The ruby-red seeds of the pomegranate instantly add an exotic flair to your meal. Also known as Granada or Chinese apples, these tangy fruits originated in the Middle East and spread to Southeast Asia. Full of vitamins, minerals and antioxidants, this powerful superfruit may provide effective treatments against heart disease and cancer.
Pomegranates grow in subtropical regions with hot summers and cool winters. Florida and California are the major cultivators of pomegranates in the United States. The word pomegranate means “seeded apple,” which comes from its edible, bright red seeds. One pomegranate provides 234 calories, 5 grams of protein and 3 grams of fat. Pomegranates are high in fiber, an indigestible material that promotes healthy digestion. For good health, women should eat 25 grams of fiber each day. One pomegranate provides 11 grams of fiber.
One pomegranate provides 50 percent of your daily recommended value of vitamin C. Vitamin C helps your body absorb iron, fight disease and preserve skin and bone health. Pomegranates also contain vitamin K, an important nutrient for blood clotting. Women need 90 micrograms of vitamin K per day. One pomegranate provides 46 micrograms. This nutritious fruit is a good source of folate, a key nutrient for cell production. Folate is especially important for pregnant woman, as it produces healthy cells for the baby and prevents developmental problems.
Pomegranates are a good source of potassium, an important mineral for blood pressure control. The U.S. Department of Agriculture reports that most people do not consume enough potassium. Strive for 4,700 milligrams of potassium per day. One pomegranate provides 660 milligrams of potassium. Pomegranates also provide copper, a mineral that protects cells from damage.
Compounds in pomegranates may be effective against several diseases. Pomegranates contain antioxidants and antimicrobials. Antioxidants protect against cell damage, and antimicrobials fight germs. A study published in “Molecules” showed that pomegranate extract may be an effective treatment against certain fungal infections. Preliminary research of pomegranate juice shows that it controls the growth of breast and prostate cancer cells. Pomegranates may also boost heart health, even in people with chronic diseases. A study from the “International Journal for Vitamin and Nutrition Research” showed that pomegranate juice controlled cholesterol and lowered heart disease risks in people with diabetes. More research is needed to confirm these health benefits, but the nutrients in this fruit make it a healthy and flavorful addition to any meal.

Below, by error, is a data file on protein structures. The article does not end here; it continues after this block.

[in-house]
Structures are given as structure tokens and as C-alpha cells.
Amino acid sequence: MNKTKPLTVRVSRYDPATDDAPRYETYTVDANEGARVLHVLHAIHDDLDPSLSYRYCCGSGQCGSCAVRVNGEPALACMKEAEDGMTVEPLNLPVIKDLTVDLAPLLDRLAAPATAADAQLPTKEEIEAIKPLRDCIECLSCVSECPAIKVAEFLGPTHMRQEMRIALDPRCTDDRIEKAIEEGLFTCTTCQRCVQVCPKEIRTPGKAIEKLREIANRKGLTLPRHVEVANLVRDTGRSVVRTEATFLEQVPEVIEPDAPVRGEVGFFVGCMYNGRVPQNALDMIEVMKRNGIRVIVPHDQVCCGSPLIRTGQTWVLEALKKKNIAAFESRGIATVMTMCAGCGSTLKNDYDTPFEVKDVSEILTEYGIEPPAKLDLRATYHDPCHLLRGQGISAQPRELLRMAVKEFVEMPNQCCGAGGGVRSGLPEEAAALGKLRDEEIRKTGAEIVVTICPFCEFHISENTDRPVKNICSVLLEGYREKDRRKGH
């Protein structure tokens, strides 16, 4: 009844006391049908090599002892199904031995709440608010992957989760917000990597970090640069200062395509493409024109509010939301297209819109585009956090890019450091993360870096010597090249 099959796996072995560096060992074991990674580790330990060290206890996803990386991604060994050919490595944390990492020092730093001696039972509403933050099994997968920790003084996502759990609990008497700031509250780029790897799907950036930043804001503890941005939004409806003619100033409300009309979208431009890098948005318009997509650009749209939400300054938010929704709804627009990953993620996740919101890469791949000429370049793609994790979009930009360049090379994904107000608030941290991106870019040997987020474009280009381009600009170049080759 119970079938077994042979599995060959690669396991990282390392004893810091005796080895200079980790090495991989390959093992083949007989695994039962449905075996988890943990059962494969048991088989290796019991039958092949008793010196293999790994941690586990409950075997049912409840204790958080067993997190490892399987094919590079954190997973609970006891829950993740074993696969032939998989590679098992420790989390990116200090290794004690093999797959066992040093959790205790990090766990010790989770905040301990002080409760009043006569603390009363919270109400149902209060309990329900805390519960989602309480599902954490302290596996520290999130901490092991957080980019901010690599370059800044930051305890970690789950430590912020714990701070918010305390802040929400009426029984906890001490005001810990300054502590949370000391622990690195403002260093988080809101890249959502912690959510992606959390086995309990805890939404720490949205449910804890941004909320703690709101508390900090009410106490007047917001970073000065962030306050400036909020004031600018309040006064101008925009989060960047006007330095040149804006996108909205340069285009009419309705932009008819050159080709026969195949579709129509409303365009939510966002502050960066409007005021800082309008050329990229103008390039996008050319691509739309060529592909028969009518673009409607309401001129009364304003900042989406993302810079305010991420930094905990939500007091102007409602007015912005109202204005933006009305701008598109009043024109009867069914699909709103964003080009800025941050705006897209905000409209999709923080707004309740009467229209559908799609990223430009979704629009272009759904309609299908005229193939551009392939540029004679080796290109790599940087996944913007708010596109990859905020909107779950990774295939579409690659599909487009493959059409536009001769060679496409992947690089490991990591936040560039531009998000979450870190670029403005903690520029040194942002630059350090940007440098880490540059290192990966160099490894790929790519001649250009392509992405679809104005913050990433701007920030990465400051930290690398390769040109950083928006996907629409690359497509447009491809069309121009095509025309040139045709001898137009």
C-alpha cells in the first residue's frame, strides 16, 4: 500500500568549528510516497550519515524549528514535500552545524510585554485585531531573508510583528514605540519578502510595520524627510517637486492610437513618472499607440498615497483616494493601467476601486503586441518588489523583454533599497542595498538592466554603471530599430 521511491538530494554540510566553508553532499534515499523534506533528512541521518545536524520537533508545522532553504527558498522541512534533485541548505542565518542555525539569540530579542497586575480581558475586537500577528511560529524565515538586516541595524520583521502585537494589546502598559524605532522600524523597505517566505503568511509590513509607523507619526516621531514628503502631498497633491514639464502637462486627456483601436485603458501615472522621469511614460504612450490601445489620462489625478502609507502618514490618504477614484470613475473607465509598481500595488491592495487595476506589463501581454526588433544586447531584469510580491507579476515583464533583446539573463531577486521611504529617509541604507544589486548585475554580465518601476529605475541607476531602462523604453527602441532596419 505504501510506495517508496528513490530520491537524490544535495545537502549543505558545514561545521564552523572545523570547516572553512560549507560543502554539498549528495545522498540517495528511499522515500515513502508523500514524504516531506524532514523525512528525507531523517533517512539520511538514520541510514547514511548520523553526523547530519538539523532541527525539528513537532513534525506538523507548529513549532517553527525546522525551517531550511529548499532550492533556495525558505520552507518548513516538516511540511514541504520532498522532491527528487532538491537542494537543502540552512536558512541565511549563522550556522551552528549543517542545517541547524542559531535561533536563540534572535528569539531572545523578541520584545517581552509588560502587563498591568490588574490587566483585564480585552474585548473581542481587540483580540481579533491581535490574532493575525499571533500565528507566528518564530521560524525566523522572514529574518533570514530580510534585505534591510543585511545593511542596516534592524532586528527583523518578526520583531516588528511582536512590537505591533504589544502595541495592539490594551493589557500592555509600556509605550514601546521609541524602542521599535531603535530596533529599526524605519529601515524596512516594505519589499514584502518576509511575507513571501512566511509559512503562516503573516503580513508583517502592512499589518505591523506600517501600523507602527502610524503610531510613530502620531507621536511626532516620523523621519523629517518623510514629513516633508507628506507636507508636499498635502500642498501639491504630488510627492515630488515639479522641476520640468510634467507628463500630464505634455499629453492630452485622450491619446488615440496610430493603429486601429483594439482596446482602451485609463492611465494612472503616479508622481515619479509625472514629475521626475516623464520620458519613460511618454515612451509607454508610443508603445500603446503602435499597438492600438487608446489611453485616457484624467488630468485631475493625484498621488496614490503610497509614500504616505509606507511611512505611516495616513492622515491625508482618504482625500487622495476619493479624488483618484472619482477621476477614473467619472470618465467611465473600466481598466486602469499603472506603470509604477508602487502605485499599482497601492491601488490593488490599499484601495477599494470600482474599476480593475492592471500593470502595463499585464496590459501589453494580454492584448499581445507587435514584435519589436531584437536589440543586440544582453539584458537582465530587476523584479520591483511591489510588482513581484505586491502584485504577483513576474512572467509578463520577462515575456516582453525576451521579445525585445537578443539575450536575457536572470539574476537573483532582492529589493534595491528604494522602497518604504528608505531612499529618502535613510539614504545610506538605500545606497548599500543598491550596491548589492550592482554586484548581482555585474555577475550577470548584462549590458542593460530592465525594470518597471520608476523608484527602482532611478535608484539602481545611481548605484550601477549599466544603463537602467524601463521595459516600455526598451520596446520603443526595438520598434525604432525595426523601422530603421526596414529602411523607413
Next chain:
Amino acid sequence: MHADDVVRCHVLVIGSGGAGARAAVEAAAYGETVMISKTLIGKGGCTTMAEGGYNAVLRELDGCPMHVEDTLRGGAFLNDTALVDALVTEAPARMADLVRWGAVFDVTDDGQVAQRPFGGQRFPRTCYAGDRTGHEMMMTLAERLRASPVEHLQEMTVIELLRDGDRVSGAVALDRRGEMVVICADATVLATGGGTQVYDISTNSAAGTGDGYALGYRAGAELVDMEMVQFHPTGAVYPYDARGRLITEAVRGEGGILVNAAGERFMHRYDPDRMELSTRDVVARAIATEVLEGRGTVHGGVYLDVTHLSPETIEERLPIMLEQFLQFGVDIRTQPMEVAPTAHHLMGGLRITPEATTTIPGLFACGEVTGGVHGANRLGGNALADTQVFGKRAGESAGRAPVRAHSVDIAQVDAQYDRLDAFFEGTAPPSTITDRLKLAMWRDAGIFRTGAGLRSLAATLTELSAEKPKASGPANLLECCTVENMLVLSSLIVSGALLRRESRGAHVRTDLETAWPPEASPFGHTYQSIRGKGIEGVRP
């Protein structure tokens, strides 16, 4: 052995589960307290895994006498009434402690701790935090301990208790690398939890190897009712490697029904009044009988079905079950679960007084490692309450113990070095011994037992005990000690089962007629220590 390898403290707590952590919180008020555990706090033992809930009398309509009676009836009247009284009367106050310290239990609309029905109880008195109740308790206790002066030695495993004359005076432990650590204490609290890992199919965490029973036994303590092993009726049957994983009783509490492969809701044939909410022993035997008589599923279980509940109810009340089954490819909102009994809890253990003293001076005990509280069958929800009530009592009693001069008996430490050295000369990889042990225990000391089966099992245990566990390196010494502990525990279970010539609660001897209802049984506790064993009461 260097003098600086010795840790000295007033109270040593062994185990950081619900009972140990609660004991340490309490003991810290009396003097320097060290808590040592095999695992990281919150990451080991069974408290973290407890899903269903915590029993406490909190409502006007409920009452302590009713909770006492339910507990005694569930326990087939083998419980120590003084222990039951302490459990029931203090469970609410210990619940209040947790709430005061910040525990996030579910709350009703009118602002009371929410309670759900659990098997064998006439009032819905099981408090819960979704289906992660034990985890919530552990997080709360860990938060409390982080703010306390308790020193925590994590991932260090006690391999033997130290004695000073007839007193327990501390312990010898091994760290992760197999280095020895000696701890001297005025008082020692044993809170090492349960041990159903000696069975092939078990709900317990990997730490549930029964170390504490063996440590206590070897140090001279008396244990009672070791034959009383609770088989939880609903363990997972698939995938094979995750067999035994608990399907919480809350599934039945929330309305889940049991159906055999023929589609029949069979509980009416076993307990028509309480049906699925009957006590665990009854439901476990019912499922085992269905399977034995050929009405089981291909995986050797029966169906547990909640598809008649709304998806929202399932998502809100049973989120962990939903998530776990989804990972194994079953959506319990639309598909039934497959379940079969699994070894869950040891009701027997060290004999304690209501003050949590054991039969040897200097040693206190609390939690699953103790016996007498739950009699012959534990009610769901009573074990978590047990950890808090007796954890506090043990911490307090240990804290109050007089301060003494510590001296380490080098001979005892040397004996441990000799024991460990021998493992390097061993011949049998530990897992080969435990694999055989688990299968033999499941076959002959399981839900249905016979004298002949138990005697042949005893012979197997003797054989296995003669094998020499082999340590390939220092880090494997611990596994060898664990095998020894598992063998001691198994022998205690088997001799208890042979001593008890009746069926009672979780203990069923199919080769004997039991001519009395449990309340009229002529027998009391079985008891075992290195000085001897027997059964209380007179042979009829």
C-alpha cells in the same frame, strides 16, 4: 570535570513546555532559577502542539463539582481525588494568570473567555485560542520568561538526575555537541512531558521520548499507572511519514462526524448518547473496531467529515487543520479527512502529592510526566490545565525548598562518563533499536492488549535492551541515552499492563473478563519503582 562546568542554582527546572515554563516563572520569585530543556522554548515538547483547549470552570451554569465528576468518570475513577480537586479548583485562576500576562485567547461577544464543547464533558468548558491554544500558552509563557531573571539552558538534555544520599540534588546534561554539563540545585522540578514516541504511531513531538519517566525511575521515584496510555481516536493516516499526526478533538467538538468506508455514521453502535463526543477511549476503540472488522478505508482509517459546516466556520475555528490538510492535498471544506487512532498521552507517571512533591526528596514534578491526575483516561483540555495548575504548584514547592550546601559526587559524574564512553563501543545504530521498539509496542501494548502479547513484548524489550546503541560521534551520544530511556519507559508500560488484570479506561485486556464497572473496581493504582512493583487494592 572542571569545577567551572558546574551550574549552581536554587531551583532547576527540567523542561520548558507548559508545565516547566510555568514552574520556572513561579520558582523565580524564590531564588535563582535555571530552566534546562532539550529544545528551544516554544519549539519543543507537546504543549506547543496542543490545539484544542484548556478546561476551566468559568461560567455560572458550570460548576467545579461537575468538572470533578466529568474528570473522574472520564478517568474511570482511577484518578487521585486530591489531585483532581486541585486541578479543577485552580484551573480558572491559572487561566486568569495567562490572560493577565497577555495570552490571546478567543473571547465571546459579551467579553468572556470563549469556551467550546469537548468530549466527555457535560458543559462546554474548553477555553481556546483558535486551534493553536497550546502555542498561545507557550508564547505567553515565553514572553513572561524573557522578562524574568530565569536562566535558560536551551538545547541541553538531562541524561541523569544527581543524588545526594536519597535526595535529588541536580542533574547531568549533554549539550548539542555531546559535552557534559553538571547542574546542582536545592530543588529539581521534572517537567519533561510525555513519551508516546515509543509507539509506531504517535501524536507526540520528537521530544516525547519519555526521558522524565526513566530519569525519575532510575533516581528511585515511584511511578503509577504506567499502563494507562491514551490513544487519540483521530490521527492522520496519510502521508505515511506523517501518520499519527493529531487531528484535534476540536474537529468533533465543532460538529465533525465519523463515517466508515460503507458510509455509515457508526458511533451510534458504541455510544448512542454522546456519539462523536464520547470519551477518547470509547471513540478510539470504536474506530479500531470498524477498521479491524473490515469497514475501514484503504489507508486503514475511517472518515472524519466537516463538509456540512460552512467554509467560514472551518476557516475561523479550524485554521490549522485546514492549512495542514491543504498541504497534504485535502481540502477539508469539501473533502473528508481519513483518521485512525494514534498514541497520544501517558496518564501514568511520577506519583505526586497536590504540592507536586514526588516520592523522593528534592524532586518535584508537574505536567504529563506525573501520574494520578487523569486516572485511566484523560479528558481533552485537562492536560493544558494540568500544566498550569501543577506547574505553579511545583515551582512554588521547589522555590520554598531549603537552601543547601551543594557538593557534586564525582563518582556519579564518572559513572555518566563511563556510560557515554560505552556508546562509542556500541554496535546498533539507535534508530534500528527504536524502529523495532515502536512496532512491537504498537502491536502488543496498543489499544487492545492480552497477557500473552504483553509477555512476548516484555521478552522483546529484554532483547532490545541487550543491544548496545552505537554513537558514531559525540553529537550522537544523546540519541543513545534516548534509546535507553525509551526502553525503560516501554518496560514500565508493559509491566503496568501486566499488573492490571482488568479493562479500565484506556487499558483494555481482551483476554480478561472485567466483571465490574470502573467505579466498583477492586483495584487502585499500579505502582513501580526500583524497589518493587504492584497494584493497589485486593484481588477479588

- Fruits and Veggies More Matters: Pomegranate Nutrition and Storage
- USDA Nutrient Database: Pomegranate, Raw
- Academy of Nutrition and Dietetics: The Benefits of Potassium
- MedLine Plus: Vitamin K
- MedLine Plus: Vitamin C
- Purdue University: Pomegranates
- Molecules: Activity of Spray-dried Microparticles Containing Pomegranate Peel Extract Against Candida Albicans
- Breast Cancer Research and Treatment: Pomegranate Juice and Specific Components Inhibit Cell and Molecular Processes Critical for Metastasis of Breast Cancer
- International Journal for Vitamin and Nutrition Research: Cholesterol-lowering Effect of Concentrated Pomegranate Juice Consumption in Type II Diabetic Patients With Hyperlipidemia
- Profeomics: Proteomic Exploration of the Impacts of Pomegranate Fruit Juice on the Global Gene Expression of Prostate Cancer Cell
Jennifer Dlugos is a Boston-based writer with more than 10 years of experience in the health-care and wellness industries. She is also an award-winning filmmaker and screenwriter who teaches screenwriting and film production classes throughout New England. Dlugos holds a master's degree in dietetics.